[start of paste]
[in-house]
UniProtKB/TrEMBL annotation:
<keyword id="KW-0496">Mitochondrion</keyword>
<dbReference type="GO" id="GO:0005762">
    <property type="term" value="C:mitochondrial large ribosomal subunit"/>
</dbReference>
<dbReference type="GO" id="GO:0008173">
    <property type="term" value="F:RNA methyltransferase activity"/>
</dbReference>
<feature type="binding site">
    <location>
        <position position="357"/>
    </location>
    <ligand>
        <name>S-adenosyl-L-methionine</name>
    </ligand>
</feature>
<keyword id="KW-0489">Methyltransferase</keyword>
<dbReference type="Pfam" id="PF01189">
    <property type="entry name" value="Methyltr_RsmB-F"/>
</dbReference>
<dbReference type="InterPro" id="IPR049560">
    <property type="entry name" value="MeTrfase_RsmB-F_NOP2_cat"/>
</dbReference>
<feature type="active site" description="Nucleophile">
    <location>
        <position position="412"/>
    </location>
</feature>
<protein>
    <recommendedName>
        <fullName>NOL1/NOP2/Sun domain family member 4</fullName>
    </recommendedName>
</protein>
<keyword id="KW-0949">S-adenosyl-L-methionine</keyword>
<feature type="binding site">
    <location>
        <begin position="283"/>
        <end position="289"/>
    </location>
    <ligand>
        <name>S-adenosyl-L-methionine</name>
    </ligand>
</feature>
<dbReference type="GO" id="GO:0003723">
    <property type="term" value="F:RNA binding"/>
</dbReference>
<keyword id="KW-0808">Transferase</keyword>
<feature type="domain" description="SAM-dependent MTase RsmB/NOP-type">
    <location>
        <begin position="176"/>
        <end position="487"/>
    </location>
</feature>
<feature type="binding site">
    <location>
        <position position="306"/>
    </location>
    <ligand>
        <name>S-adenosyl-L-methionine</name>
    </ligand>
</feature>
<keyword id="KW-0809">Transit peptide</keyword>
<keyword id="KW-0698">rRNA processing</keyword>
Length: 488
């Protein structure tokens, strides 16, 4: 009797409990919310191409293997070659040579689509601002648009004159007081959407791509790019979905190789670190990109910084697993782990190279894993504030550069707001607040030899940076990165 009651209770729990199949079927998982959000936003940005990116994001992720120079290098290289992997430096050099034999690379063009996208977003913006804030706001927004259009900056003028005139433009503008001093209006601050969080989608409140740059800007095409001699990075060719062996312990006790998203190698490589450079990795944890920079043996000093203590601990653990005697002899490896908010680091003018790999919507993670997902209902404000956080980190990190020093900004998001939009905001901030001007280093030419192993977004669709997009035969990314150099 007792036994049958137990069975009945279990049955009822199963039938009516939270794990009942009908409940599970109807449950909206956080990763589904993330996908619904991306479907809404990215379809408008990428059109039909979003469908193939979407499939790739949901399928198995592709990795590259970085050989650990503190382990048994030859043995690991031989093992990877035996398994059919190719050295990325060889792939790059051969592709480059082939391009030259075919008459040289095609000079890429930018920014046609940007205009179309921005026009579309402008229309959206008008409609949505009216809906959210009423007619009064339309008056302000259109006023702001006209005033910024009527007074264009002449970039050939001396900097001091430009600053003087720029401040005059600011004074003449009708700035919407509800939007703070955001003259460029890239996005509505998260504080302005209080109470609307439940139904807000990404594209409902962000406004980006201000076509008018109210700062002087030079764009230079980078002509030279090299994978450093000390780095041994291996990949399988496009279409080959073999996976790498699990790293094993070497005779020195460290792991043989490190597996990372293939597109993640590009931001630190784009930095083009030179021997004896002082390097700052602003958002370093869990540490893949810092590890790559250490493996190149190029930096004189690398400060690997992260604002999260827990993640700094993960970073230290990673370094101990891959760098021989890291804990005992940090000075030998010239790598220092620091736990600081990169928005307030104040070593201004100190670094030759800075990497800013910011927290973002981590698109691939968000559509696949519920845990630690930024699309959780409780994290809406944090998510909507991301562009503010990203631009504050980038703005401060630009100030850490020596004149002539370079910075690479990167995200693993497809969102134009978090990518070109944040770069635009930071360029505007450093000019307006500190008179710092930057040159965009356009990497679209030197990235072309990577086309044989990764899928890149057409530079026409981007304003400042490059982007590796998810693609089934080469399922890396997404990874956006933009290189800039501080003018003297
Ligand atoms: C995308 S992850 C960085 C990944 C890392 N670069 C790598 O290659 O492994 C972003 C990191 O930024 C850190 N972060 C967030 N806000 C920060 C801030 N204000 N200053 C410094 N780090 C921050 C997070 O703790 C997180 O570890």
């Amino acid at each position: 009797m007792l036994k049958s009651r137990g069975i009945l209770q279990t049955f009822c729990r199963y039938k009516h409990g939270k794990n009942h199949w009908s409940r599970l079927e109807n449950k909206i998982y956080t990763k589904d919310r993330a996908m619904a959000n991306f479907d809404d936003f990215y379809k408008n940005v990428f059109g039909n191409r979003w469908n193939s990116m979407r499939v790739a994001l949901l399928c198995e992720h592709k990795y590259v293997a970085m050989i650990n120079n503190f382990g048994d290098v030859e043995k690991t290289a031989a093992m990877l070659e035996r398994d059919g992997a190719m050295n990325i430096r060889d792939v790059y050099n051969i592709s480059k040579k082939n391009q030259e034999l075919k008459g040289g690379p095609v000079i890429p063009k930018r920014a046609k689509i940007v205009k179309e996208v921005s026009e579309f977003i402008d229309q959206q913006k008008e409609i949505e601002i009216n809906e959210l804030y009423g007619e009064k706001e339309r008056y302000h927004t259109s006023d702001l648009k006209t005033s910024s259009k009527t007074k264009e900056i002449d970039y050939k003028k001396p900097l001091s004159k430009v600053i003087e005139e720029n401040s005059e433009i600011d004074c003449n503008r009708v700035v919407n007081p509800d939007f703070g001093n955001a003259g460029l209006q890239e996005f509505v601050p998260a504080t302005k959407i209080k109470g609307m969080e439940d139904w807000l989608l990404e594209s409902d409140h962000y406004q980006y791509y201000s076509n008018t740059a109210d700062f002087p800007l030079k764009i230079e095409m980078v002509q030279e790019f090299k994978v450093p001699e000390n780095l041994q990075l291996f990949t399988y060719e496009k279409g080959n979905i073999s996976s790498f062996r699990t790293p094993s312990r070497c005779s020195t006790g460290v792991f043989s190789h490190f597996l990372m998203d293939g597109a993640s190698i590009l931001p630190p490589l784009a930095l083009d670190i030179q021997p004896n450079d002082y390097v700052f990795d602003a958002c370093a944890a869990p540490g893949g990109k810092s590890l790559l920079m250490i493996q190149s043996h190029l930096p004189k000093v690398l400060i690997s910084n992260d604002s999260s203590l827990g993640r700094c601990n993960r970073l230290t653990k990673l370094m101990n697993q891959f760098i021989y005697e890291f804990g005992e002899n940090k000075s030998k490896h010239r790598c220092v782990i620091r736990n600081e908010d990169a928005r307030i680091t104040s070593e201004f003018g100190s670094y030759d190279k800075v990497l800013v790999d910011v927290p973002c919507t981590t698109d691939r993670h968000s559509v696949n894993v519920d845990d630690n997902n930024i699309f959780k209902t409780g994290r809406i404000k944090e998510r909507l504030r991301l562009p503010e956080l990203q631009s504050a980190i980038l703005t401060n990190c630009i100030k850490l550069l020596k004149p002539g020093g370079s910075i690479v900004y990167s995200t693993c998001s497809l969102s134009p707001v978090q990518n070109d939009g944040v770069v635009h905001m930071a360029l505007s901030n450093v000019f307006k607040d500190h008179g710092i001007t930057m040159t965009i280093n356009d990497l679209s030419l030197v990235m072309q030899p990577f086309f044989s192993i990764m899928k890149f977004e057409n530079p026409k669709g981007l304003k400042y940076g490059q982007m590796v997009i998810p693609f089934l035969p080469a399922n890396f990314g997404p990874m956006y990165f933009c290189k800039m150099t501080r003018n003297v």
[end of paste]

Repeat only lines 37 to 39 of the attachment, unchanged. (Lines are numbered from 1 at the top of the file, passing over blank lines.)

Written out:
    <location>
        <begin position="283"/>
        <end position="289"/>